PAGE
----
Yi-Jia Susanne Hou grew up with the melodies of The Butterfly Lovers violin concerto wafting through her head. “My father used to play this piece to me on his violin,” says the Shanghai-born, Mississauga-raised violin virtuoso. “And I remember being told the story, a Chinese version of Romeo and Juliet.”
Hou and her parents—father Alec and mother Yvonne—moved to Canada in 1981, following the aftermath of the Cultural Revolution; the next year, at age four, her father began teaching her to play violin. She studied at the Royal Conservatory of Music in Toronto and during her teenage years commuted between Toronto and New York (by car with her parents sharing the driving for the 24-hour roundtrip) every few weeks for private lessons with Dorothy DeLay. She later attended the Juilliard School on a full scholarship and graduated with a bachelor’s and a master’s degree of music and the distinguished artist diploma. Hou has toured as a soloist with orchestras in over 50 countries, including Canada, and performed with the likes of Pinchas Zukerman, Mstislav Rostropovich, and Alan Gilbert.
The Butterfly Lovers became popular after it was first performed in 1959. For a period of time in the ’60s and early ’70s it wasn’t played, but after the Cultural Revolution ended in 1976, restrictions on Westernized music were eased and it could be heard again. These days, the melody is everywhere in China—in elevators and taxis, and during morning tai chi—and while it is one of the most famous orchestral works from China, it is relatively unknown in North America. Hou realized she had a role to play in bringing the piece to the Western world. “I thought, if anyone can give it an authentic voice, has the capacity, is willing to do the research, and has connections to the composers—if anyone is going to do this, it probably should be me.”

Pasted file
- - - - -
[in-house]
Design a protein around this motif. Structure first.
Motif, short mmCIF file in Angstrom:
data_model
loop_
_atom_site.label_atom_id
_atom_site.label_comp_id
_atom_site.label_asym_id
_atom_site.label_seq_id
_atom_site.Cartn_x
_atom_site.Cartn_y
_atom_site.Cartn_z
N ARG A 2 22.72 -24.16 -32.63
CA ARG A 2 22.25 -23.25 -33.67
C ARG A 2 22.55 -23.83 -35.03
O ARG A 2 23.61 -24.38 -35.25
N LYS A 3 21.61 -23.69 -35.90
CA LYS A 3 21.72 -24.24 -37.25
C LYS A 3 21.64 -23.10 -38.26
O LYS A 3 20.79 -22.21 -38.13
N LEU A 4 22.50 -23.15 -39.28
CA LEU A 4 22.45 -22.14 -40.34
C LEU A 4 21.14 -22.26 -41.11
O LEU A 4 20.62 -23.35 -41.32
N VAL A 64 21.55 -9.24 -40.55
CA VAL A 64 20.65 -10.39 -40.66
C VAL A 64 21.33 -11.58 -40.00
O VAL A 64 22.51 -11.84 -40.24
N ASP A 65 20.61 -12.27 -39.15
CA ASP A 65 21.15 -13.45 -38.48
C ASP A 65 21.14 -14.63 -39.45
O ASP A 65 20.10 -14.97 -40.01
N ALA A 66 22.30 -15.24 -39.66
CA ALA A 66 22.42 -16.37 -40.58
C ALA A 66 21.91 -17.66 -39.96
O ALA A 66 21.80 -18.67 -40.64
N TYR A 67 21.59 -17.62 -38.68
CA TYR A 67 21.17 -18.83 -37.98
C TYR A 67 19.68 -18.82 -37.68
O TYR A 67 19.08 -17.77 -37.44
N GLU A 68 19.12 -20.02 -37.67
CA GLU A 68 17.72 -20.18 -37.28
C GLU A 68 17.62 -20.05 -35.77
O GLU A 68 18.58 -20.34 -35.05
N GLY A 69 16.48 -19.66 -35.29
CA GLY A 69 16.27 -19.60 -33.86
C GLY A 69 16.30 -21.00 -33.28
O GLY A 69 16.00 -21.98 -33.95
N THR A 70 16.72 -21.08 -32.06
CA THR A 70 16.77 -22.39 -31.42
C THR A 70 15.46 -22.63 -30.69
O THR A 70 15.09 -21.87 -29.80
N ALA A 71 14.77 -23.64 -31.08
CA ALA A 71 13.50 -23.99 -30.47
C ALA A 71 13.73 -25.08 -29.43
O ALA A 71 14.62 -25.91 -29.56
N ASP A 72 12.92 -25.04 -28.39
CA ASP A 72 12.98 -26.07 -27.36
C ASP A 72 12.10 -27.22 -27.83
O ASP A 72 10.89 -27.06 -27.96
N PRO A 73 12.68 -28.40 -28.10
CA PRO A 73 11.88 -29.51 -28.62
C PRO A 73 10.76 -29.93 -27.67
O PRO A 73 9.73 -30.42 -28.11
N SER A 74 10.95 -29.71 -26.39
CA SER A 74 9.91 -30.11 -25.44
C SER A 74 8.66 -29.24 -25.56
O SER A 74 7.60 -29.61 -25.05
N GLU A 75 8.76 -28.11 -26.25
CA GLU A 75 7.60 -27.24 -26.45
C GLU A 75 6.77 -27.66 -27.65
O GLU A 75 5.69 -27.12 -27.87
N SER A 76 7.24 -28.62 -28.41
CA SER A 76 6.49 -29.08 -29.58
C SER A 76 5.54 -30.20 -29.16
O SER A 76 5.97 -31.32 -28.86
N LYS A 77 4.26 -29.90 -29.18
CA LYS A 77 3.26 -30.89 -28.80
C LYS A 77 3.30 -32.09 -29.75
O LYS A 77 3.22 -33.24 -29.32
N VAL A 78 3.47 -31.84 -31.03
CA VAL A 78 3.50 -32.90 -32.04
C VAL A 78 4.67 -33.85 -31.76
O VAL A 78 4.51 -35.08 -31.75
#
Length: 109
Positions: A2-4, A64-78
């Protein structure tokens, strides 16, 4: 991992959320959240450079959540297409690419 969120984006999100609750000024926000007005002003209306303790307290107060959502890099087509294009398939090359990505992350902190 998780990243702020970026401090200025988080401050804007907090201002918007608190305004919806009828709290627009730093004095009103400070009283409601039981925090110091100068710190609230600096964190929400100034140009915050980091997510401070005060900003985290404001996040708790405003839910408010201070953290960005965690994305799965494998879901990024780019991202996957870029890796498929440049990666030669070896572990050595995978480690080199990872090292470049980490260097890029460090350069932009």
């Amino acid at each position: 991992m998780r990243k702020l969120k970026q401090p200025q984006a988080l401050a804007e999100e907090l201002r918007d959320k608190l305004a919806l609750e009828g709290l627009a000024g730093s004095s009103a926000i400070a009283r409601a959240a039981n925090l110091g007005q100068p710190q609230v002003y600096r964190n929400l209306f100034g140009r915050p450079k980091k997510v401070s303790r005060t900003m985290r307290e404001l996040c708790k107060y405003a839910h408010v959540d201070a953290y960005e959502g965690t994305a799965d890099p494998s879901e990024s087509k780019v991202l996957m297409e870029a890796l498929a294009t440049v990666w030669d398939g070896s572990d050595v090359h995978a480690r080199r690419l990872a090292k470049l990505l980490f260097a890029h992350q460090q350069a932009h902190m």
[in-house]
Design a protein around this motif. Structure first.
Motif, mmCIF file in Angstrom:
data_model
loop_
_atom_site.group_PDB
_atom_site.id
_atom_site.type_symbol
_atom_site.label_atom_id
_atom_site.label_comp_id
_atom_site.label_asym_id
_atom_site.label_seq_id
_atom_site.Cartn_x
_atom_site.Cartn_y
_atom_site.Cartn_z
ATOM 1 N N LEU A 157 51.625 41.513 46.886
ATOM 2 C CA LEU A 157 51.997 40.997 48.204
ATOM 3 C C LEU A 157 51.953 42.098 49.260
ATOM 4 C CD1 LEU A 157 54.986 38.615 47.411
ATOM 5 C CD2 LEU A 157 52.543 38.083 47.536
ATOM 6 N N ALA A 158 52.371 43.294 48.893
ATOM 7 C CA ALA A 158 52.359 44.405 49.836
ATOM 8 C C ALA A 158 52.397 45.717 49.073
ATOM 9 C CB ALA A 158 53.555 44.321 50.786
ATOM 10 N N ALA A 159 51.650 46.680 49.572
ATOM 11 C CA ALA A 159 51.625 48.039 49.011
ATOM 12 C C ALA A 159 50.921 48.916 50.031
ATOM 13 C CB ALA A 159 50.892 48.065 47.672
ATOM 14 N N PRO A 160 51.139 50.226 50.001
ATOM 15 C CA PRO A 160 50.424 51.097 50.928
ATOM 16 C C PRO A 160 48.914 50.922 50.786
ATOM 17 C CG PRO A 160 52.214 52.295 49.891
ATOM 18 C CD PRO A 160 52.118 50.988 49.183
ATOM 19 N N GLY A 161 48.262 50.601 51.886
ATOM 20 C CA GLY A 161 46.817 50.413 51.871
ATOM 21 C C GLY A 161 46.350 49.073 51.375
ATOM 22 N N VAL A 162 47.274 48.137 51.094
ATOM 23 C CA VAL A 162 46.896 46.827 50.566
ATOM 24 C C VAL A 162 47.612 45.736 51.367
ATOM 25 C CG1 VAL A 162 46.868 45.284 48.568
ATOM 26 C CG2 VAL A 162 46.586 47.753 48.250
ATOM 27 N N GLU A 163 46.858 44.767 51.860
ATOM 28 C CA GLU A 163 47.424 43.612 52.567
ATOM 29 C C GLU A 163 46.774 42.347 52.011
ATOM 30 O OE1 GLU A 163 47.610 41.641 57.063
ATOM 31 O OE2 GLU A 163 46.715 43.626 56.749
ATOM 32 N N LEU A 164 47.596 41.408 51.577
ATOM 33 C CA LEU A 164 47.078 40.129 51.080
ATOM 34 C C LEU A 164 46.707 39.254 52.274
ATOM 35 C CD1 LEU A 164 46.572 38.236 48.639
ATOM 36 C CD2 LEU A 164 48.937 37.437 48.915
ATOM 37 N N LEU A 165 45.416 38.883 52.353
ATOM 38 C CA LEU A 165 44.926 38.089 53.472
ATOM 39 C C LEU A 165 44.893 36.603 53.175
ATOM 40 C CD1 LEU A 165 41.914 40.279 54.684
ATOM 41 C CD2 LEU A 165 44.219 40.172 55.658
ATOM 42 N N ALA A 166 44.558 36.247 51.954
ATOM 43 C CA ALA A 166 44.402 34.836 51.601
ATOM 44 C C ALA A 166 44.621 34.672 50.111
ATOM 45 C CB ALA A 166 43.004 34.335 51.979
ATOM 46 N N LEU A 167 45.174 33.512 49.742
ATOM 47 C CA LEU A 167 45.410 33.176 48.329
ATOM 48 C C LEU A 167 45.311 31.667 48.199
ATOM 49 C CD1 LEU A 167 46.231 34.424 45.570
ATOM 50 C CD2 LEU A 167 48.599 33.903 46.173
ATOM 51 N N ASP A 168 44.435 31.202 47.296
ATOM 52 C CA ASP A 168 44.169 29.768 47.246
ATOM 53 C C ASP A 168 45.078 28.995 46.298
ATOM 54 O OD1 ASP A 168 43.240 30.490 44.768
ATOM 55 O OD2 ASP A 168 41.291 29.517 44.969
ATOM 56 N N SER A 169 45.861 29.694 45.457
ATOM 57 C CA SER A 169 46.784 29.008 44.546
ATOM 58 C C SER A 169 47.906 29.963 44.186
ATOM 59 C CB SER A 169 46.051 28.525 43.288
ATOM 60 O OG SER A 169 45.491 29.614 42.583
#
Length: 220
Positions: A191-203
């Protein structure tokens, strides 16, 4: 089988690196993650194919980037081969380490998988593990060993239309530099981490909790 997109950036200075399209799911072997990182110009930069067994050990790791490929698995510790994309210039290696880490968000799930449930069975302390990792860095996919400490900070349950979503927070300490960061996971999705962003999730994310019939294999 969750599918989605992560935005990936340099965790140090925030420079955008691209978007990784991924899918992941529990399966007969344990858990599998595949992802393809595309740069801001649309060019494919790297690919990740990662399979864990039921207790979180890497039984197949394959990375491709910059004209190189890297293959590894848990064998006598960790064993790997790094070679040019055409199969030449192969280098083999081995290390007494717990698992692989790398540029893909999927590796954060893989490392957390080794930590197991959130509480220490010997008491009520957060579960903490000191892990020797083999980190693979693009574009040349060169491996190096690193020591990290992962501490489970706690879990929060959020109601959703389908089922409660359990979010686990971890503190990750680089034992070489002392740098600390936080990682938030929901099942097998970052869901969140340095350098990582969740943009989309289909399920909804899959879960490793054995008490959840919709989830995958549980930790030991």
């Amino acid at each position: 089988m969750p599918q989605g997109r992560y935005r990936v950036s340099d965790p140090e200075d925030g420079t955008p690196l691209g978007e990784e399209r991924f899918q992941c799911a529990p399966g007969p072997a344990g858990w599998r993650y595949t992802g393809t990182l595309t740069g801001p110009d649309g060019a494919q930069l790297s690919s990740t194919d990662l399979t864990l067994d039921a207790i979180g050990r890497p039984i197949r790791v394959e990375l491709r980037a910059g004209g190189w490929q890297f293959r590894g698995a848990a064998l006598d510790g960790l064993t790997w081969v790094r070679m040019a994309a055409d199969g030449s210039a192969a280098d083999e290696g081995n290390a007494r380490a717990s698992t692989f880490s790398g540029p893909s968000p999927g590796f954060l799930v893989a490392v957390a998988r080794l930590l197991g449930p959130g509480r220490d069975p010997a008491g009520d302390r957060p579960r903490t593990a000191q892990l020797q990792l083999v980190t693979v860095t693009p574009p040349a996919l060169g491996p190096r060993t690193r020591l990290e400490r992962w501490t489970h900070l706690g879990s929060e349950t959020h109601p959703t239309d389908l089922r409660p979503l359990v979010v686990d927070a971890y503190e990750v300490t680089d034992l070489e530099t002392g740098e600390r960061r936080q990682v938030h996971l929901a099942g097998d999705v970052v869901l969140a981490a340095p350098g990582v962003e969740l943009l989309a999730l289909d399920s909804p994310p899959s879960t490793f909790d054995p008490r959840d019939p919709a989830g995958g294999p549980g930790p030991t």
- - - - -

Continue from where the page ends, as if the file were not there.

“If the next generation of violinists are not better than me, then we have failed as human beings and as a society.”
For over three years, Hou researched the piece. First, she studied the story—about two young people whose love for each other is thwarted by secret identities and unwanted betrothals, but are finally together in death, fluttering away as a pair of butterflies—which is based on a legend set during the Eastern Jin Dynasty (317–420 CE). She then memorized how each note and phrase of the solo violin—the heroine’s voice—correlated to the text, and even learned a new body language to use when she played. “There are layers of symbolism in the way you hold yourself,” she notes. Hou ultimately travelled to Shanghai to meet with the composers, He Zhanhao and Chen Gang, who had attended the Shanghai Conservatory of Music with Hou’s father.
Not long after Hou recorded her interpretation of the concerto with the Royal Philharmonic Orchestra and maestro John Nelson, she brought together four outstanding violinists from the best music schools in the U.K., China, the United States, and France. She explains, “If the next generation of violinists are not better than me, then we have failed as human beings and as a society.” This was no typical master class held in a studio with the teacher and an accompanist. These students honed their performances with the entire Royal Philharmonic—which plays with only the best of the best.
Produced by DakApp, an app dedicated to music education, Hou’s master class was filmed in 3-D and 360 degrees using 28 cameras and is now available to anyone who wants to virtually join the class. Included with the master class are sheet music analysis and interviews with both Hou and Nelson. Hou is so passionate about supporting the next generation of violinists that she has created an international education program. She is currently gathering mentors, including musicians, conductors, and managers, as well as people from business and the film industry that young artists can turn to with questions or when they need advice.
This fall, Hou will return to China to perform in the 60th anniversary celebrations of The Butterfly Lovers, with a series of performances with various orchestras continuing through March.
Photos by Lisa-Marie Mazzucco.
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